Patience Agbabi for Telling Tales

In Telling Tales award-winning poet Patience Agbabi presents an inspired 21st-Century remix of Chaucer's Canterbury Tales retelling all of the stories, from the Miller's Tale to the Wife of Bath's in her own critically acclaimed poetic style. Celebrating Chaucer's Middle-English masterwork for its performance element as well as its poetry and pilgrims, Agbabi's newest collection is utterly unique. Boisterous, funky, foul-mouthed, sublimely lyrical and bursting at the seams, Telling Tales takes one of Britain's most significant works of literature and gives it thrilling new life. Telling Tales is published by Canongate.

Imtiaz Dharker for Over the Moon

Over the Moon is Imtiaz Dharker's fifth book of poems and drawings from Bloodaxe. Her main themes are drawn from a life of transitions: childhood, exile, journeying, home, displacement, religious strife and terror, and latterly, grief. These are poems of joy and sadness, of mourning and celebration: poems about music and feet, church bells, beds, café tables, bad language and sudden silence. In contrast with her previous work written amidst the hubbub of India, these new poems are mostly set in London, where she has built a new life with - and since the death of - her husband Simon Powell. Imtiaz Dharker is also an accomplished filmmaker and artist, and all her collections are illustrated with her drawings, which form an integral part of her books. She is possibly the only British poet-artist who always publishes her poetry and art together.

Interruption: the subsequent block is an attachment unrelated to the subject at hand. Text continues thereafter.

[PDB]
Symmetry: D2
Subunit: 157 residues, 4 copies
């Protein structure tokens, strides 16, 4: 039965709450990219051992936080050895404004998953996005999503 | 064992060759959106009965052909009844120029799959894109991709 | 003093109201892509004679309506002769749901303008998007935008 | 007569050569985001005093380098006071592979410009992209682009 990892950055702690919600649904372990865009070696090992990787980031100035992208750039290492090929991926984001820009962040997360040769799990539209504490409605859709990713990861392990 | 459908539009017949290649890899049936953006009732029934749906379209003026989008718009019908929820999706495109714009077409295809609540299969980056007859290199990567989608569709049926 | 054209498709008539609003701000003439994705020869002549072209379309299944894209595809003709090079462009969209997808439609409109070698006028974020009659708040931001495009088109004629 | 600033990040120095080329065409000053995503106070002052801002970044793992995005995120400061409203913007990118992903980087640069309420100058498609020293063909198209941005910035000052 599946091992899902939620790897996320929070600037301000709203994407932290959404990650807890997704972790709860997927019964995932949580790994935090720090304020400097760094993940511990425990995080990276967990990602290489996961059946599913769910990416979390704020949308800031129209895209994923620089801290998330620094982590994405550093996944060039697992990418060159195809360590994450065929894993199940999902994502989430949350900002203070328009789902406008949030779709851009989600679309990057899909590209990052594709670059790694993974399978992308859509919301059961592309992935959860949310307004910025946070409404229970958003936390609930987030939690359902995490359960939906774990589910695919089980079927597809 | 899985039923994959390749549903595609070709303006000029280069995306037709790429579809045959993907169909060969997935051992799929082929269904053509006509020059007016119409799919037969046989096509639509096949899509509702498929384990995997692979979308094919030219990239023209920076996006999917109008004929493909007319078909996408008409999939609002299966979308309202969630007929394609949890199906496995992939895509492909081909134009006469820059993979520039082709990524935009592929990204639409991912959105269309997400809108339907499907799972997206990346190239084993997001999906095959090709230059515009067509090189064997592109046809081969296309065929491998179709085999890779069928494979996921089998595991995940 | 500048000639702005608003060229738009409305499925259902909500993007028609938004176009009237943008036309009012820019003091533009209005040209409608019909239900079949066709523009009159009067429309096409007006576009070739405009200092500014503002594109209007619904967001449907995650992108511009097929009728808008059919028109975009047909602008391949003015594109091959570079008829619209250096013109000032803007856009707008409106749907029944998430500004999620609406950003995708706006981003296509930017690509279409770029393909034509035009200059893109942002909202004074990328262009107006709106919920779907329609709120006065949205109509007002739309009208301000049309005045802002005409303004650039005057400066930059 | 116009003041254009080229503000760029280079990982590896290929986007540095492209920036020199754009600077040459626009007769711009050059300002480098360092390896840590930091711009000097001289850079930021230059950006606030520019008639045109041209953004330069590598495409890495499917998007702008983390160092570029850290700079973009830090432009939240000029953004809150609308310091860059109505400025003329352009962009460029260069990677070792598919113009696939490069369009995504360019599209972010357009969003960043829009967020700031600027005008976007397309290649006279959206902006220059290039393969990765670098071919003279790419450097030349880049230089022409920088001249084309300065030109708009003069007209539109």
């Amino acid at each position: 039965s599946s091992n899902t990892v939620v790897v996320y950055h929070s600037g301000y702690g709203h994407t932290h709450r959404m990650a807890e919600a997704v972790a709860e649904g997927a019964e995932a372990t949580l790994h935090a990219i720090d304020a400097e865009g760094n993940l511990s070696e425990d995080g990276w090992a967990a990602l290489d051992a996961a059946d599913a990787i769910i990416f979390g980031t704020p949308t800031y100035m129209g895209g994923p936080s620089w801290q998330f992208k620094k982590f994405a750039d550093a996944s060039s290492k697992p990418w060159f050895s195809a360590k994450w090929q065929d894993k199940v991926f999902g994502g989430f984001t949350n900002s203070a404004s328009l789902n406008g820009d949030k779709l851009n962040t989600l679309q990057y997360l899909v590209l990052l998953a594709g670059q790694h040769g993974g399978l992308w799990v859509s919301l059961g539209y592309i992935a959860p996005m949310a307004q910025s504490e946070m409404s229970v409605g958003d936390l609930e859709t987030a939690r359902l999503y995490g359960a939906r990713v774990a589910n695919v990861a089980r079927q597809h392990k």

Carrie Etter for Imagined Sons

Carrie Etter's Imagined Sons (Seren) interweaves two kinds of poems to produce a deepening sense of a birthmother's consciousness. In the 'birthmother's catechisms', the same question - How did you let him go?, for one - evokes different answers over time, while the 'imagined sons' are prose poems in which the birthmother encounters her son once he's come of age. His guises include a pilot, a criminal, even an olive. Through these two forms, Imagined Sons takes a non-confessional approach to what might otherwise be considered a confessional.